It has come to our notice that perhaps some vested interests are trying to misguide the people at large about our show Satyamev Jayate and the organizations that we choose to support through our show. We would like to place on record that in our Episode No. 4 of Season One, which was on health care, we had highlighted and supported the organisation called Humanity Trust, Hanspukur, West Bengal and not Humanity Trust, Chennai.
Humanity Trust, Hanspukur, West Bengal, is a charitable hospital run by Dr. Ajoy Mistry and his mother, Subhashini Mistry. Humanity Trust, Hanspukur, West Bengal is doing excellent work in the field of health care and provides free medical facilities to the poor. We urge you to visit www.humanityhospital.org to know more about the work that they are doing and we urge you to support them in any way that you can. We would request supporters of our show to circulate this message so as to remove any misinformation that may have been spread by some mischief makers.
With the money raised through the funds contributed by the people via Satyamev Jayate, Humanity Trust, Hanspukur, West Bengal has now built a charitable hospital in the remote area of the Sunderbans.
Until last year, a small tent with a bed and a cabinet full of medicines served as a hospital here. But today the hospital in the Sunderbans which treats the poorest of the poor is fully equipped with a state-of-the-art operation theatre, sonography machines, X-ray machines and scanners. “We have a 15-bed hospital for now. In the next few months we will be able to upgrade to 25 beds,” explains Dr Ajoy Mistry, who set up the hospital under the aegis of Humanity Trust. “We will also build residential quarters in the building, so that doctors and nurses who work and volunteer here can stay comfortably,” he adds. “Earlier, several people would die en route to the hospital, the closest being 150 km away in Gosaba. Now, we save so much time. Because of an ambulance donated to us, we can even pick up patients and treat them.”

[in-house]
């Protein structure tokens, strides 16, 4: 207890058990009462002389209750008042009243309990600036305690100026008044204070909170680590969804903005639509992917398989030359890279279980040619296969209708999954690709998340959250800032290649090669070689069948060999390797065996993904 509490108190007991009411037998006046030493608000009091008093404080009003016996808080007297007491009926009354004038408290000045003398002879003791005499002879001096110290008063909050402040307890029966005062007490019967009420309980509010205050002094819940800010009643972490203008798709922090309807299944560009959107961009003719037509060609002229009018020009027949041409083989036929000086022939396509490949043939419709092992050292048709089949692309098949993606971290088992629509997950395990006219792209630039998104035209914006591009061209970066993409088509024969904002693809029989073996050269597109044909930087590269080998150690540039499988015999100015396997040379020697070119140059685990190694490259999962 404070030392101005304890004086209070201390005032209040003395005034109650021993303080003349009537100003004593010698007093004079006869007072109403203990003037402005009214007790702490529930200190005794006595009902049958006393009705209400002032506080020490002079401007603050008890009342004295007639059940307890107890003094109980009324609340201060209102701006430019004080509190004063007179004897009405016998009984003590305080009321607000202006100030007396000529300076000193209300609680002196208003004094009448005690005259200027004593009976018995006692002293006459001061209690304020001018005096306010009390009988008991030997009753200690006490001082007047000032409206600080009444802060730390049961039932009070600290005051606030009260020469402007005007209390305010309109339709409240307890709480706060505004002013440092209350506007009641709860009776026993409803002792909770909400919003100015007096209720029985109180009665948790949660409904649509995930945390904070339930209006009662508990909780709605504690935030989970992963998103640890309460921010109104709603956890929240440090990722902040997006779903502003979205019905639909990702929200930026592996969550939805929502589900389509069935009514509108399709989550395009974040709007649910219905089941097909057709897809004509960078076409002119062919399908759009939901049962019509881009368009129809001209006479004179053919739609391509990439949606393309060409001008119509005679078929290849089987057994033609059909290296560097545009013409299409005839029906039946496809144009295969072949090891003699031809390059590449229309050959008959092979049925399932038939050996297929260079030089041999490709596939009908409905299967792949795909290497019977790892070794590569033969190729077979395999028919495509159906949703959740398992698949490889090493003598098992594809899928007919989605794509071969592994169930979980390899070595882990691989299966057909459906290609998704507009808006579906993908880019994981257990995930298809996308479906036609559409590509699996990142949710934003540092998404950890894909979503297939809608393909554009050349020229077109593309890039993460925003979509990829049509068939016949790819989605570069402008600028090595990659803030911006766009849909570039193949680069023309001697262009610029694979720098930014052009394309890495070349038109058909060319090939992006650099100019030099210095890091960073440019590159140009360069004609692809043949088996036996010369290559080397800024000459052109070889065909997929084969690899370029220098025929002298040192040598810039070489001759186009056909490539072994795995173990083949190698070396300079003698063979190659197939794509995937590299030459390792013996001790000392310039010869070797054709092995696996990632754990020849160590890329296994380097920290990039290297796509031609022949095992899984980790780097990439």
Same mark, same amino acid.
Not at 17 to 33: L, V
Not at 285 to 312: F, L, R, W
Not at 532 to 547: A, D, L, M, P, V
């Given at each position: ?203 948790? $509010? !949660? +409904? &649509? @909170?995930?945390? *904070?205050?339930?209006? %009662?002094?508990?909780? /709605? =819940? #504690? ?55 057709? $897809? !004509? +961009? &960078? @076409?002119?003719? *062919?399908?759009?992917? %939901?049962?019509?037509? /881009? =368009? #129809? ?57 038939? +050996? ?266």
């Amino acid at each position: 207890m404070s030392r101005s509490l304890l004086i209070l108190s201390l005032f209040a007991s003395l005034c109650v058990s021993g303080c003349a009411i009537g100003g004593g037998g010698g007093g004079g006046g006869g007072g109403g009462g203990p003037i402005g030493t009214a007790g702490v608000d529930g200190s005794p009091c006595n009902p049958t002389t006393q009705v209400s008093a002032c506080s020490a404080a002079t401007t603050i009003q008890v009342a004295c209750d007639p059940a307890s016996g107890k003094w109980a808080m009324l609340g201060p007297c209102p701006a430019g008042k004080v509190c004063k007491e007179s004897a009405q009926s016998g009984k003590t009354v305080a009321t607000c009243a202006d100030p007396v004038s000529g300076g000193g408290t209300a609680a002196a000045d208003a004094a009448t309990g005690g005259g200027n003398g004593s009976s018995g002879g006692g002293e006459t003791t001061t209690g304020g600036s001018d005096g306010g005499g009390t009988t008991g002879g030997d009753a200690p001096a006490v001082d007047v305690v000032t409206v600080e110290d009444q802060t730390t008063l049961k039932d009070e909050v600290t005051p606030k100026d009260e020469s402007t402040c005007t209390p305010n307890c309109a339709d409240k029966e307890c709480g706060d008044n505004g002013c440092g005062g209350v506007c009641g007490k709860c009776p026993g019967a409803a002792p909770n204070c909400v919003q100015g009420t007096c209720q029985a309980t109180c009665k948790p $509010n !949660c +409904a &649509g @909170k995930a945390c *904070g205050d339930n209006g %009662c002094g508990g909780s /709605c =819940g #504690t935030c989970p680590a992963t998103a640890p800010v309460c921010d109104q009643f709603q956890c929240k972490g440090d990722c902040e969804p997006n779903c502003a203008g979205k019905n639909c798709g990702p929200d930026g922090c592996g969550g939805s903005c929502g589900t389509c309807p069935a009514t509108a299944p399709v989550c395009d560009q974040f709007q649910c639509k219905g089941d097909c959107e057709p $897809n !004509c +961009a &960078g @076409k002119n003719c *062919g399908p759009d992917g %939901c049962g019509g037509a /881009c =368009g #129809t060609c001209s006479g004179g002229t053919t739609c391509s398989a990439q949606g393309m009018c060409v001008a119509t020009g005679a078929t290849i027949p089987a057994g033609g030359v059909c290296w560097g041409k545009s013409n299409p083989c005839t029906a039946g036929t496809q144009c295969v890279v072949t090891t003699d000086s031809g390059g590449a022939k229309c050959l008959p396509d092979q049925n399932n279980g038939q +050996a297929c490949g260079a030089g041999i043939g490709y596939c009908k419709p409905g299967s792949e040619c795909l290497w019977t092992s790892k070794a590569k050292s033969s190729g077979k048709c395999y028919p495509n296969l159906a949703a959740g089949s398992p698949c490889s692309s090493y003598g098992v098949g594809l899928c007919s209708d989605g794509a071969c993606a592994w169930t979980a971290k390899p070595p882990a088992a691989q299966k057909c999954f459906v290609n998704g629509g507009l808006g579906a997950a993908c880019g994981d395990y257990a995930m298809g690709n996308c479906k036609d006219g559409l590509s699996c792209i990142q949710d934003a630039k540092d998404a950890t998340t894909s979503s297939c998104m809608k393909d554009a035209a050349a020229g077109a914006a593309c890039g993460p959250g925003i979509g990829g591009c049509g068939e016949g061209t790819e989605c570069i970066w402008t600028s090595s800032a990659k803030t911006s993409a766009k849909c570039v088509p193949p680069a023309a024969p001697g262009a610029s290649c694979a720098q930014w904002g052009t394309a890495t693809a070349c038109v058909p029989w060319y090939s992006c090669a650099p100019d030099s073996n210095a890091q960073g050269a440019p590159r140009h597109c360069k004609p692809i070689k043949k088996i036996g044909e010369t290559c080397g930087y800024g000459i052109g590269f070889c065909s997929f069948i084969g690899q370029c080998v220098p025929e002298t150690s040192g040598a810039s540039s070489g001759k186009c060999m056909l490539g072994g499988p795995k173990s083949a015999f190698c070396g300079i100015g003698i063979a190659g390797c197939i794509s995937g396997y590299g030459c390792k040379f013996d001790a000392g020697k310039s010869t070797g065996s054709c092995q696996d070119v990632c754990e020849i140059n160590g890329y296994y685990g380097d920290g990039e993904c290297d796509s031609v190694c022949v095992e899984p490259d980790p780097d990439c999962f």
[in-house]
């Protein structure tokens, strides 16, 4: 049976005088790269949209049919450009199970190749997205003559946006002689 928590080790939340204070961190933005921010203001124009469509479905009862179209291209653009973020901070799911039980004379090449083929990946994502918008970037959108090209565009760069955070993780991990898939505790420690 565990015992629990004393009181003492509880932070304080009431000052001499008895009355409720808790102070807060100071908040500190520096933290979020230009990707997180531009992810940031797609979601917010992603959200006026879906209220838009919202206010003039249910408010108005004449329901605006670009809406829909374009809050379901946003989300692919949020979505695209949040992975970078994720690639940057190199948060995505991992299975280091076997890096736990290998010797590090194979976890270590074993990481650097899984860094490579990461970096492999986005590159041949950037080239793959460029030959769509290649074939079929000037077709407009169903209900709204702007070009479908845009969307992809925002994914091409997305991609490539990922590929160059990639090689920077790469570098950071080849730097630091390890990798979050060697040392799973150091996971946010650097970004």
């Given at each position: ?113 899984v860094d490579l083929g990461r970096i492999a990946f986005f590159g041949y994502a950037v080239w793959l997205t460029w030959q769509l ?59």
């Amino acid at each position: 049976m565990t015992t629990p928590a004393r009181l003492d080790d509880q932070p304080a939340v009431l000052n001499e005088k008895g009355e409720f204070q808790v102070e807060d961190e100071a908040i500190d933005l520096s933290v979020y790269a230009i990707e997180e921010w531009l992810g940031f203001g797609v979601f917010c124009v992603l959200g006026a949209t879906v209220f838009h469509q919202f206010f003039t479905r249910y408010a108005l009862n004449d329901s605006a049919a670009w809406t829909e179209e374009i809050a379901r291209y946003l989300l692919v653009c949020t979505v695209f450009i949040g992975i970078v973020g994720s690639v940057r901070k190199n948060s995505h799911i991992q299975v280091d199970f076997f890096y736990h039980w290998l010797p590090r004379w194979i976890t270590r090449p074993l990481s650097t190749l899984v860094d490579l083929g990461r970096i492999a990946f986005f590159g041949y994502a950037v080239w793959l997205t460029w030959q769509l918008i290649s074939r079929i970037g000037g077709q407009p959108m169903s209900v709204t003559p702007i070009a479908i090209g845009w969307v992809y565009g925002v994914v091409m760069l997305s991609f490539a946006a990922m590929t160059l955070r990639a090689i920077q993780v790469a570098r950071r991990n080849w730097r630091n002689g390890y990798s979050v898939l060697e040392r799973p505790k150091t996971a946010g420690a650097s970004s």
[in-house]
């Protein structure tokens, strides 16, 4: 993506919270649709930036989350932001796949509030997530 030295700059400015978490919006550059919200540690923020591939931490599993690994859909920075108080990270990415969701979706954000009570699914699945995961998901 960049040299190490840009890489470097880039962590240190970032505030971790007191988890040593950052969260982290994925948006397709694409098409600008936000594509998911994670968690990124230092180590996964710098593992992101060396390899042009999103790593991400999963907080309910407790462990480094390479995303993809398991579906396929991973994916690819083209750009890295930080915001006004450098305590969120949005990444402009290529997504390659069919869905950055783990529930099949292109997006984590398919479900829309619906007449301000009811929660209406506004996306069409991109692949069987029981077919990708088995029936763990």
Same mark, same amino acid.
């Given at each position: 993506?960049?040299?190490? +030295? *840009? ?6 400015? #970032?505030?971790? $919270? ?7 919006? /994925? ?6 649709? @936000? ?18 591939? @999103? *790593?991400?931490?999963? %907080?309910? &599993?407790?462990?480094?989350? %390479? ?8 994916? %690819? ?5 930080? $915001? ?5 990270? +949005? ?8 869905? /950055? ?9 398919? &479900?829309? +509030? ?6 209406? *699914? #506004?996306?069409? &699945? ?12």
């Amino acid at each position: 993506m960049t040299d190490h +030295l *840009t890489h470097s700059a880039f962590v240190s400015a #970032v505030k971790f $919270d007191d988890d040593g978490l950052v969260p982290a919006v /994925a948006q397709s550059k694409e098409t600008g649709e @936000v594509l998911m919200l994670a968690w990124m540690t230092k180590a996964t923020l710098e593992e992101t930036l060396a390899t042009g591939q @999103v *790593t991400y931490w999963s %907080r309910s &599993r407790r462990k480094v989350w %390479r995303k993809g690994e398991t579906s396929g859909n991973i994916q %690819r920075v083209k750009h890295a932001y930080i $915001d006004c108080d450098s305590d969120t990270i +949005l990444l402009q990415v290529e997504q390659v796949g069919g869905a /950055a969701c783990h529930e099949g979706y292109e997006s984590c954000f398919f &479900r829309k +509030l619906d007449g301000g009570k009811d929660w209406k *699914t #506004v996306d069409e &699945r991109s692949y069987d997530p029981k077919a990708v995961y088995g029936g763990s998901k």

Some of the funds received were also used to upgrade the trust's existing hospital in the Hanspukur area of West Bengal, which offers free and affordable medical care to poor tribals. There are now 45 beds for patients and a 10-bed intensive care unit for very critical cases.
While both hospitals are run with the support of doctors and nurses, many of whom work pro bono, donations from concerned citizens have also helped. But there's always more to be done. “After Satyamev Jayate, many people donated money to us. But there are recurring costs that need to be covered. Whatever happens, we will not charge the poor. The hospitals were started so that the poorest of the poor can avail the best of healthcare and we will stay true to that,” says Dr Mistry.